(About a 6 minute read; reading full quote extends post to about 11 minutes)
Please note: Bonhoeffer was a brilliant and compassionate German theologian. He was among the few Germans with the courage to openly and publicly oppose the Nazis after they had consolidated their hold over the nation. He was hanged for it. This post is about his sharp insights into the mentality of Hitler’s followers — insights that I believe are especially relevant today.
In an earlier post today, I defended stupid people from our cultural tendency to attack and debase them. The post prompted one of Café Philos’ readers, Galtz, to respond with a long quote of Bonhoeffer’s that seemingly analyses “stupid people”. But please don’t be misguided by Bonhoeffer’s and mine use of the same word, “stupid”, to describe a certain type or class of persons. We are not using the word to mean the same thing at all.
What Bonhoeffer means by “stupid”, I mean by “willfully stupid”. In turn, what he means by “dull” is what I mean by “stupid”. Once that is seen, I believe it becomes clear to any reader of both posts that Bonhoeffer and I are in complete agreement.
Now, let’s take a look at Bonhoeffer’s views. He begins by noting that “against stupidity we are defenseless”. This is because stupid people cannot be reasoned with: “reasons fall on deaf ears” — an insight that he drives home in brilliant detail.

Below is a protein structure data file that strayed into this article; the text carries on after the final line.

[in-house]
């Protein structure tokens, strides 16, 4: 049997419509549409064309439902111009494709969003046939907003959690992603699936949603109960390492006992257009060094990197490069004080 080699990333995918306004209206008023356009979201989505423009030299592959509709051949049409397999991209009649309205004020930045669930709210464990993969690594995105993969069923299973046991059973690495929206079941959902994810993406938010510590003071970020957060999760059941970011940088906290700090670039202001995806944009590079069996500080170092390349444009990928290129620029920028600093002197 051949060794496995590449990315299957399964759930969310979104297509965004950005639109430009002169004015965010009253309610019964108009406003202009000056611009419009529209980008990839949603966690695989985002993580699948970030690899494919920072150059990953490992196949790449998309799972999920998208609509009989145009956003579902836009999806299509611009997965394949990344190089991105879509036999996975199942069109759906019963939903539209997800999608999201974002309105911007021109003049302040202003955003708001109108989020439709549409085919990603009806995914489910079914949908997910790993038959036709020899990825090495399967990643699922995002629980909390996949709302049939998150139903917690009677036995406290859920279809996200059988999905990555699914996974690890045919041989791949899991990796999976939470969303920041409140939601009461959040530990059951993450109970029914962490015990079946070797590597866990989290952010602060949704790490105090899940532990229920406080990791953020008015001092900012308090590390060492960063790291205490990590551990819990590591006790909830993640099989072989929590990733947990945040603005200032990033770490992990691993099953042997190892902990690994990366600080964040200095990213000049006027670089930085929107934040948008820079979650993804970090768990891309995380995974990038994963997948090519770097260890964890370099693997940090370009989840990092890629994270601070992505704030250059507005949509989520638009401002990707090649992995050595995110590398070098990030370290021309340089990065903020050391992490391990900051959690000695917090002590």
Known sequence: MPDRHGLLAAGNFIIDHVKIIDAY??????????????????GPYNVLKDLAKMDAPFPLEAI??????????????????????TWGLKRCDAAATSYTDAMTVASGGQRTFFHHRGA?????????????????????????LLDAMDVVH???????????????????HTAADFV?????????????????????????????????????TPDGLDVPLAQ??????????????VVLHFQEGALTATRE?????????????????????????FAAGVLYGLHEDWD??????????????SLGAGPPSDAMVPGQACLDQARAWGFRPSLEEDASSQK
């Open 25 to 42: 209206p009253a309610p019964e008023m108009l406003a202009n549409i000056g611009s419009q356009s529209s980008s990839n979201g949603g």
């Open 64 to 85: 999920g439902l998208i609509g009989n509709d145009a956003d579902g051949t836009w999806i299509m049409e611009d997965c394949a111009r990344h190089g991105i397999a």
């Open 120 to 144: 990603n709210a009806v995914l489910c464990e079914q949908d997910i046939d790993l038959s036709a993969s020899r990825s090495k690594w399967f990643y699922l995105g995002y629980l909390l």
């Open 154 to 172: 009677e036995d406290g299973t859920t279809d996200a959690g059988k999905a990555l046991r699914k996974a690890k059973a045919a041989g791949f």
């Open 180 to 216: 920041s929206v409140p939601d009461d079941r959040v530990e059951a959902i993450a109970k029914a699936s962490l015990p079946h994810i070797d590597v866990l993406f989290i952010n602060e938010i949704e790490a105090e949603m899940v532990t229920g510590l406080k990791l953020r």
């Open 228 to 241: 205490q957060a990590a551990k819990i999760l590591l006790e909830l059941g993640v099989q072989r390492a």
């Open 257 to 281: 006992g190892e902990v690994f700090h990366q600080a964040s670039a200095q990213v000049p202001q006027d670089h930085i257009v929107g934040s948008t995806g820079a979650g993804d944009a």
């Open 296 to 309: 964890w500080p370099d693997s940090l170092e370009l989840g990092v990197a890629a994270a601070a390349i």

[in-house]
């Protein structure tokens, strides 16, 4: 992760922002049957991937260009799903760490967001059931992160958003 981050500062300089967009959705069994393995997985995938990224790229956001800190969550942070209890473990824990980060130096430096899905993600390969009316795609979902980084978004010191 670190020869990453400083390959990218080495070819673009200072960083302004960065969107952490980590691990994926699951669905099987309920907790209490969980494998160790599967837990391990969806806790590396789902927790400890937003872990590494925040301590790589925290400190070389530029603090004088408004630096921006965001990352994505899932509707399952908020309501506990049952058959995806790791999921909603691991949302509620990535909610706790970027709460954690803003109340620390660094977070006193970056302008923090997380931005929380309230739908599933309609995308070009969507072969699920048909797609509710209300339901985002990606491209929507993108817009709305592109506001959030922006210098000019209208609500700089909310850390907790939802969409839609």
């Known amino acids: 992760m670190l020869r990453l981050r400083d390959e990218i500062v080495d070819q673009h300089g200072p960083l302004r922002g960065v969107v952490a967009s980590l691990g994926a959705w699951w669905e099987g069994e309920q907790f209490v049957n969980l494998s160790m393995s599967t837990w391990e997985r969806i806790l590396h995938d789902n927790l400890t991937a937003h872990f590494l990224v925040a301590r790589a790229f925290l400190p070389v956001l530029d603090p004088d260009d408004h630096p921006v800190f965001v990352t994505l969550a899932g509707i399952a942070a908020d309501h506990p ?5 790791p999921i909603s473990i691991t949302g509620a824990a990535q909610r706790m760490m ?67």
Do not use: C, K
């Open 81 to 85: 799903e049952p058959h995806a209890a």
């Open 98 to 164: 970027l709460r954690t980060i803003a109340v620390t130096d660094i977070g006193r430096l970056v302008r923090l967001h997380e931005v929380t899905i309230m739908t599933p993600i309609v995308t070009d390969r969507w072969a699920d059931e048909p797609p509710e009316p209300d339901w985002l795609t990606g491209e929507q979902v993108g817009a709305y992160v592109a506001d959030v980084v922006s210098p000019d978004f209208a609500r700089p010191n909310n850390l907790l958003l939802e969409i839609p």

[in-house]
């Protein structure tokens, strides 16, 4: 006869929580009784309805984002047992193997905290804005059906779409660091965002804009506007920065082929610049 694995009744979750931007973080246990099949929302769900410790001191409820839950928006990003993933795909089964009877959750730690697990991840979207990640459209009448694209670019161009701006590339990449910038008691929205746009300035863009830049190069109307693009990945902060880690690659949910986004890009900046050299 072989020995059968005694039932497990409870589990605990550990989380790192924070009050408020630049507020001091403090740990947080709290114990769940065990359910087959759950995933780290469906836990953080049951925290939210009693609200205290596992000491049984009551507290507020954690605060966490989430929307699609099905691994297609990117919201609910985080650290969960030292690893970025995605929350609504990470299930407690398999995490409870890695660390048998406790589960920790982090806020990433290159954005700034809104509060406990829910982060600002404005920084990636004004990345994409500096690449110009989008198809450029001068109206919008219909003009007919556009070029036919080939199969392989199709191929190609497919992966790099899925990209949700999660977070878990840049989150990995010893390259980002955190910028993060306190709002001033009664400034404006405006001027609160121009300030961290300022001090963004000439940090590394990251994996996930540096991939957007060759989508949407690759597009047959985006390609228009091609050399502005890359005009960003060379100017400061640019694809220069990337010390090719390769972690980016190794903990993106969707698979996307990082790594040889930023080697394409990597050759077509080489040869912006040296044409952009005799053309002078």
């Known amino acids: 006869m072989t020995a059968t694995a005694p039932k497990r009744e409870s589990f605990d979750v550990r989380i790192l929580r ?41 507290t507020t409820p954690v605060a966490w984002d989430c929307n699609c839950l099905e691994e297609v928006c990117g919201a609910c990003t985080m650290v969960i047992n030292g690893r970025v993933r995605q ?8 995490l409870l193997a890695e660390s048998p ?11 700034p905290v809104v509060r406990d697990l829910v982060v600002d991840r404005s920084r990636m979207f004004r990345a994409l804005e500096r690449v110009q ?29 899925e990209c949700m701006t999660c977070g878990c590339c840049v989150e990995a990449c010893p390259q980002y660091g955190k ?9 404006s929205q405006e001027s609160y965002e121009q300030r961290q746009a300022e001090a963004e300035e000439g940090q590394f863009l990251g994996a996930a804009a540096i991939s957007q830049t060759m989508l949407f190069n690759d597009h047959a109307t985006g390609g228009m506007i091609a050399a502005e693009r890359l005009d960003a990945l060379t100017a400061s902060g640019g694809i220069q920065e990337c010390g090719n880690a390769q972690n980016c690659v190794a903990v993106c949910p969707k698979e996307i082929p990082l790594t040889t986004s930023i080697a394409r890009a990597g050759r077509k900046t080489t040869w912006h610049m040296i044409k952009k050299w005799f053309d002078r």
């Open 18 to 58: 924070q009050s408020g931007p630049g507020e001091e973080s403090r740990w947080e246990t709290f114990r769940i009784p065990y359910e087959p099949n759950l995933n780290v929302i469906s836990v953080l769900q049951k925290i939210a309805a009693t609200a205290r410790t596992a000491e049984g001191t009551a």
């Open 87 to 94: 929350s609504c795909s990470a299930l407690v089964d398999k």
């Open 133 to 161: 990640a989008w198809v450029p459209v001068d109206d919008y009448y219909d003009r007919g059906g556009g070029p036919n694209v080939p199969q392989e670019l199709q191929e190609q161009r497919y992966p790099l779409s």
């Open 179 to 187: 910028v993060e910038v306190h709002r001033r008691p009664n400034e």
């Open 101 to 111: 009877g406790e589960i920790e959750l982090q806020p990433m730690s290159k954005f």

First, the stupid person simply does not feel any need to believe facts that contradict his or her assumptions. Even if the facts are irrefutable, the stupid person simply pushes them aside as inconsequential, as incidental.
Moreover, the stupid person shows no signs of possessing an intellectual conscience about his behavior: He feels no shame or guilt for what he does. Instead, he is likely to feel smug and self-satisfied, and then to go on the attack, becoming critical of the views presented to him. Because of that he becomes dangerous for his attacks might involve violence.
Based on all my experience of people, Bonhoeffer is spot on here. Stupid people behave precisely as he says they do. They did in his age, and they still do today, a fact that indicates this sort of stupidity — which I myself call “willful ignorance” — most likely has its roots in our DNA, and can be considered part of human nature.
So how do we “get the better of this stupidity? The question is as urgent today as it was then. But if we wish to combat it, we must first understand it. There very first thing to notice is that this kind of stupidity is not really a matter of intelligence. “There are human beings who are of remarkably agile intellect yet stupid, and others who are intellectually quite dull yet anything but stupid.”
So if it is not really a matter of intelligence, then what on earth is it?
To answer that question, Bonhoeffer first observes that people either choose to be stupid or that it somehow happens to them that they become stupid. He next observes that people who live solitary lives seem to be somewhat immune to this kind of stupidity, and that gives him the clue he needs to conclude that the problem is not a psychological problem, but a sociological issue — or at least a bit of both.
Bonhoeffer now insightfully turns his attention to the relationship between stupidity and political power, brilliantly observing that, by nature, humans become stupid under the impact on them of power, because being controlled and directed by others is incompatible with self-control and self-direction: